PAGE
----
September 5th, 2021

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Barack Obama and the Syrian Refugee Crisis

In 2011 a sudden revolution in Tunisia was followed by protests in almost every Arab state. The wave of demonstrations became known as the Arab Spring. The event attracted significant attention from the administration of Barack Obama and was a significant event in Obama's foreign policy. After three weeks of unrest, Egyptian President Hosni Mubarak resigned in February of 2011 at the urging of President Obama. General Abdel Fattah el-Sisi eventually took power from Egyptian President Mohammed Morsi in a 2013 coup d'état, prompting the US to cut off arms shipments to long-time ally Egypt. Arms shipments were resumed by the Obama administration in 2015. Unrest also occurred in Yemen where a revolution and then a civil war took place, leading to a Saudi military campaign that received logistical and intelligence assistance from the United States. The Obama administration experienced some embarrassment after Saudi warplanes targeted a funeral in Yemen's capital Sanaa, killing more than 140 people. The UN accused the Saudi-led coalition of "complete disregard for human life" and President Obama promised a review of US aid to the Saudis.



The Syrian civil war was fought in Syria between the Syrian Arab Republic led by Syrian president Bashar al-Assad and various domestic and foreign forces that opposed both the Syrian government and each other. Unrest in Syria began on 15 March 2011 as part of the wider 2011 Arab Spring protests. Discontent with the Syrian government led to an armed conflict after protests calling for Assad's removal were violently suppressed. This led to a war involving several factions, including the Syrian Armed Forces and its domestic and international allies, a loose alliance of mostly Sunni opposition rebel groups (such as the Free Syrian Army), Salafi jihadist groups (including al-Nusra Front and Tahrir al-Sham), the mixed Kurdish-Arab Syrian Democratic Forces (SDF), and the Islamic State of Iraq and the Levant (ISIL).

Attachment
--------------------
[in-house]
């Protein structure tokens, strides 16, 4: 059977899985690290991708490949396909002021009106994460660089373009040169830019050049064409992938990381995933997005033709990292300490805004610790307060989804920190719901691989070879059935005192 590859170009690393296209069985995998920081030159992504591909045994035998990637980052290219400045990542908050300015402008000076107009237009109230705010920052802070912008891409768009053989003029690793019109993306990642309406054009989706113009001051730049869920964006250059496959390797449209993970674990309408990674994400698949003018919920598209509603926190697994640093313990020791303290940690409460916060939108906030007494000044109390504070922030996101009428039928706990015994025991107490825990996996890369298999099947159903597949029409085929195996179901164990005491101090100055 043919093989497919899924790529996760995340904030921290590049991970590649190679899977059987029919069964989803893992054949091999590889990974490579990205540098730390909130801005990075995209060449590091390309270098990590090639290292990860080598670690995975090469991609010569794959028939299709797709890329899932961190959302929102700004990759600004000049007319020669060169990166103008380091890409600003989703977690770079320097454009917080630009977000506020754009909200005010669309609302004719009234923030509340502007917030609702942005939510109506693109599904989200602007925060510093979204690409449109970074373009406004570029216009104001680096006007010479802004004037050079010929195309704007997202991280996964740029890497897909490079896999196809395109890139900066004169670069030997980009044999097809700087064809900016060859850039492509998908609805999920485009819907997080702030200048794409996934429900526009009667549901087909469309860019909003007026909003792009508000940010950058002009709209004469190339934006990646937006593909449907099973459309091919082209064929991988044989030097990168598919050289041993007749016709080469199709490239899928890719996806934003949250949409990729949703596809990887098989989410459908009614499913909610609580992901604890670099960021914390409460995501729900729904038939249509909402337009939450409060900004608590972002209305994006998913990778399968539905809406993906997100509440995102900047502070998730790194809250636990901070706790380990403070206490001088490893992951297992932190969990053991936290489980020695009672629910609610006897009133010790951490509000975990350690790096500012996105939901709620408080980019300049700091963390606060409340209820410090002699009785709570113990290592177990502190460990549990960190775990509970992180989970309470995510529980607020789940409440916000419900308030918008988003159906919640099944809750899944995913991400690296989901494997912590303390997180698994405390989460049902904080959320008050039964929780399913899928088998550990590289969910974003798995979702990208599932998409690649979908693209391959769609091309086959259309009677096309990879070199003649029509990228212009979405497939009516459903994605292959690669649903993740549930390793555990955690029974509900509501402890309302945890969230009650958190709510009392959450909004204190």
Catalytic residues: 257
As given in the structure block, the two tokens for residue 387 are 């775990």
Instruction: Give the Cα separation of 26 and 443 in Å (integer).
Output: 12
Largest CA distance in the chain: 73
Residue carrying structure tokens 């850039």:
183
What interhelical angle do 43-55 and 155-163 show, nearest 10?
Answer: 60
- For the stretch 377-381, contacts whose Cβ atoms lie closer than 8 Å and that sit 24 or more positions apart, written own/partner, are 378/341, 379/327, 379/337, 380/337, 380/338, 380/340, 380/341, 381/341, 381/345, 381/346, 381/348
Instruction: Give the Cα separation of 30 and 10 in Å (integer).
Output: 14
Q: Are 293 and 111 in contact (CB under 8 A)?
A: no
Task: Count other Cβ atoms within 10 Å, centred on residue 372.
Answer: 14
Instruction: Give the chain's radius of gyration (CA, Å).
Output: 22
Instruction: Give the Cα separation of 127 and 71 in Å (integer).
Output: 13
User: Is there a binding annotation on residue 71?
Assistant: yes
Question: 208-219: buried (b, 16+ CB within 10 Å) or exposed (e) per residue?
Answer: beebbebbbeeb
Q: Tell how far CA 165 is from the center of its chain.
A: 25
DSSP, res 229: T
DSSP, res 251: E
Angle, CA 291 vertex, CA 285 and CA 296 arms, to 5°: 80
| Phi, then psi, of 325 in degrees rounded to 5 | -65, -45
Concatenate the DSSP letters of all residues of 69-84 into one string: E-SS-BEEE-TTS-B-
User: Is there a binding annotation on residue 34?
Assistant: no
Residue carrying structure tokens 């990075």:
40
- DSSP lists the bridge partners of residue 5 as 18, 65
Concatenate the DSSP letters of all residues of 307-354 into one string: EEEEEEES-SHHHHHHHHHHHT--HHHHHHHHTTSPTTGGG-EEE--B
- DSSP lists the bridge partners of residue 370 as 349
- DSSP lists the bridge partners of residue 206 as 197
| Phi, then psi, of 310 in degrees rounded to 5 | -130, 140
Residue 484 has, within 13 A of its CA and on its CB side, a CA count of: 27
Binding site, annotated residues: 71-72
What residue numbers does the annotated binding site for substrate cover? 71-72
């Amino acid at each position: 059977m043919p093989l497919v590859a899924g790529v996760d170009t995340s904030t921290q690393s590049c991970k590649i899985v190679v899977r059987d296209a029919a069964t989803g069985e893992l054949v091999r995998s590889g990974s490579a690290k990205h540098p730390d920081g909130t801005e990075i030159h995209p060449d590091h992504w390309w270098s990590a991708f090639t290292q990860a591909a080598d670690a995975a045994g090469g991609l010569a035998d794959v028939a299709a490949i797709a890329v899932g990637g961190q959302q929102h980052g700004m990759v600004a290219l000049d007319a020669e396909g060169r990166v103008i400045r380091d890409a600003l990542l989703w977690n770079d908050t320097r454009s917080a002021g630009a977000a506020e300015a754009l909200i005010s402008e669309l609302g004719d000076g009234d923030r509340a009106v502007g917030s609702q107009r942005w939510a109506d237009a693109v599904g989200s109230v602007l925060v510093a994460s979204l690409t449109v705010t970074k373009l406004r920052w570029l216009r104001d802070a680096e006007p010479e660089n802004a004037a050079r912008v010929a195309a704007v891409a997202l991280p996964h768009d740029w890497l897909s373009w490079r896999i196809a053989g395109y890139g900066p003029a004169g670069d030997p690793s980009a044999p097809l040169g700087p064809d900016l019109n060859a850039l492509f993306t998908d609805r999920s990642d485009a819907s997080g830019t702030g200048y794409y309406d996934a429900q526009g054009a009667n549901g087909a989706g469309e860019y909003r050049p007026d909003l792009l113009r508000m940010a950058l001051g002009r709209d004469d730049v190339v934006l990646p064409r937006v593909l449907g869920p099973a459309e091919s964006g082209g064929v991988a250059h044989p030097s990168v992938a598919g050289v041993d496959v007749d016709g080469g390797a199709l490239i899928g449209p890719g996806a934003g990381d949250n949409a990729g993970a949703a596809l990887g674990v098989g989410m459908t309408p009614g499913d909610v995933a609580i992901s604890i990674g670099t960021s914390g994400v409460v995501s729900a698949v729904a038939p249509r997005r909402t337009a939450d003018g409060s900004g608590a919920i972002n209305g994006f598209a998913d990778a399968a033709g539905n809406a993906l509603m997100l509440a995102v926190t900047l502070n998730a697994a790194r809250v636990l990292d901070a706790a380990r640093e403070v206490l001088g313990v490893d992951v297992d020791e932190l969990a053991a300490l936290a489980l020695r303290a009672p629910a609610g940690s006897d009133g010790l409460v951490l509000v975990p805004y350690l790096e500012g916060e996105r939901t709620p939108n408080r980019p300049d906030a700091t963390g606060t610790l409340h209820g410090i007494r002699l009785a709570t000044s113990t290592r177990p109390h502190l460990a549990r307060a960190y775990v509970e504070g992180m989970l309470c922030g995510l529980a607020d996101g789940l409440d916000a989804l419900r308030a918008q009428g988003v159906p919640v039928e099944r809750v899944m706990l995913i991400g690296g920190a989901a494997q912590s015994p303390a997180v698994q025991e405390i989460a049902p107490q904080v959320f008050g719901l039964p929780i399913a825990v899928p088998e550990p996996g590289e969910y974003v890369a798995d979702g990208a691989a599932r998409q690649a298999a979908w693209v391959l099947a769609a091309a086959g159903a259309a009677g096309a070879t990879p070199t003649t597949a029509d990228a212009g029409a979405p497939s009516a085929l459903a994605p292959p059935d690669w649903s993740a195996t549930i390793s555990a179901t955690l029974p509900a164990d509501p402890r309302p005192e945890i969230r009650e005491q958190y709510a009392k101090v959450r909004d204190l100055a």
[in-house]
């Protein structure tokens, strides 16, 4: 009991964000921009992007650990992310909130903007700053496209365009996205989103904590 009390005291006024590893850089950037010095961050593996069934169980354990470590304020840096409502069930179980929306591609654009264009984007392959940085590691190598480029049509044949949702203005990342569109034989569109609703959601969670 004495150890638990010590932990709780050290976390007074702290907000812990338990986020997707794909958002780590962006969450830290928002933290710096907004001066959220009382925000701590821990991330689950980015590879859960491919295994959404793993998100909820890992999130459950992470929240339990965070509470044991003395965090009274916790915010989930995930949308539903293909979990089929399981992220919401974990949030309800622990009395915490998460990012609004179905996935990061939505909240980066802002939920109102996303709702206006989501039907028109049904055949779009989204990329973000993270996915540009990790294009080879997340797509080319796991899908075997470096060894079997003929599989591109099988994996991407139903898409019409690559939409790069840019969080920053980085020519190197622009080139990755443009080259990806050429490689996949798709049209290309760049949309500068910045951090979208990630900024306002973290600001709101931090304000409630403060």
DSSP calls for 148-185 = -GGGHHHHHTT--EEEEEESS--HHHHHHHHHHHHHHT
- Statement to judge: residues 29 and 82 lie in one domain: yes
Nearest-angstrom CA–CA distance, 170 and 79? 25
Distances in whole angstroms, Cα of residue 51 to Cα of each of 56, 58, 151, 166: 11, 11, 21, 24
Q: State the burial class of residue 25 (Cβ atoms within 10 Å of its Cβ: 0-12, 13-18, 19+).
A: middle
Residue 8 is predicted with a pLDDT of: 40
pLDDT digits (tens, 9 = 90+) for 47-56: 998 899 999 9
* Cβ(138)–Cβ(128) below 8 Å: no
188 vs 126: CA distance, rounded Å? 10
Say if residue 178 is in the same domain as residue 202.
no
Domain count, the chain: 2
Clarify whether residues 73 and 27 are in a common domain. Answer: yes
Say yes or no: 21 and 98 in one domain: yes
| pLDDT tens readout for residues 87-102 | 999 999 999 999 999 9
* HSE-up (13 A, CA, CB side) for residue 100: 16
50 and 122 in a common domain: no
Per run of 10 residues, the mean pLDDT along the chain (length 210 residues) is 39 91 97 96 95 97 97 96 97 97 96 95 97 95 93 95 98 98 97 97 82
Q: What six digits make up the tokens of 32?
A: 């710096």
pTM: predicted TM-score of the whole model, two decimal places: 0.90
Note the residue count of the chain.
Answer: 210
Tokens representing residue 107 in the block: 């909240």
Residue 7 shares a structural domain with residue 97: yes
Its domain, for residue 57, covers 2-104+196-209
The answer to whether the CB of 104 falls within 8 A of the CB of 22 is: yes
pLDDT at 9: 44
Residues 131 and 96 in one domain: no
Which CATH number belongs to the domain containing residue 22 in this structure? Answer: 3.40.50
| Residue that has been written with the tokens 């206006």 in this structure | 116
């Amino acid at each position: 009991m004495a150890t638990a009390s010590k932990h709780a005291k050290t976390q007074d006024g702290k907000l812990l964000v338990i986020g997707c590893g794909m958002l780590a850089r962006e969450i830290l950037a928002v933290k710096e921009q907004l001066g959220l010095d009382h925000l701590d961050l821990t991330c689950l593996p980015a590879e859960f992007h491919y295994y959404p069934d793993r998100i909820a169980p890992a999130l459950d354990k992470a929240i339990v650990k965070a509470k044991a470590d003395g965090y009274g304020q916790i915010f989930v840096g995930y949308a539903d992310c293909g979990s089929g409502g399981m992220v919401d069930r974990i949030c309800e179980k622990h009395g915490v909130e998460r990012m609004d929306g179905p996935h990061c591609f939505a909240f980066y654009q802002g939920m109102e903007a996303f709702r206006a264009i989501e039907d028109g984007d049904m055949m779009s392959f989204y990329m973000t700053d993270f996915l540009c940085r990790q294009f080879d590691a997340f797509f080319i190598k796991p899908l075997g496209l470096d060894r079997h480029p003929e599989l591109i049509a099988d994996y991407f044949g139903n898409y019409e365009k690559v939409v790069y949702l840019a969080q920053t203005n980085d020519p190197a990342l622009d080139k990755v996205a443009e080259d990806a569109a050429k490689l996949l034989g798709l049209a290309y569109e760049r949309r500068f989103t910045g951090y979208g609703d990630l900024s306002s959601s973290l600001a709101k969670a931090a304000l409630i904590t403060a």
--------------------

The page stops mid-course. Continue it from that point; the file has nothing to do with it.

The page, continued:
A number of countries including Iran, Russia, Turkey, and the United States involved themselves in the conflict by providing support to one or another faction. Iran, Russia, and Hezbollah supported the Syrian Arab Republic and the Syrian Armed Forces militarily. Russia conducted airstrikes and other military operations beginning in September 2015. The U.S.-led international coalition, established in 2014 with the declared purpose of countering ISIL, conducted airstrikes primarily against ISIL as well as some against government and pro-government targets. They also deployed special forces and artillery units to engage ISIL on the ground. The U.S. supported the Autonomous Administration of North and East Syria and its armed wing, the Syrian Democratic Forces (SDF). Support has been provided materially, financially, and logistically.

The Turkish state has fought the SDF, ISIL, and the Syrian government since 2016, but has also actively supported the Syrian opposition and occupied large portions of northwestern Syria while engaging in significant ground combat. Between 2011 and 2017, fighting from the Syrian civil war spilled over into Lebanon as opponents and supporters of the Syrian government traveled to Lebanon to fight and attack each other on Lebanese soil, with ISIL and Al-Nusra also engaging the Lebanese Army. While officially neutral, Israel has exchanged border fire and carried out repeated strikes against Hezbollah and Iranian forces.

International organizations have accused virtually all sides involved of severe human rights violations and massacres. The conflict led to a major refugee crisis. Over the course of the war, a number of peace initiatives have been launched, including the March 2017 Geneva peace talks on Syria led by the United Nations, but fighting has continued.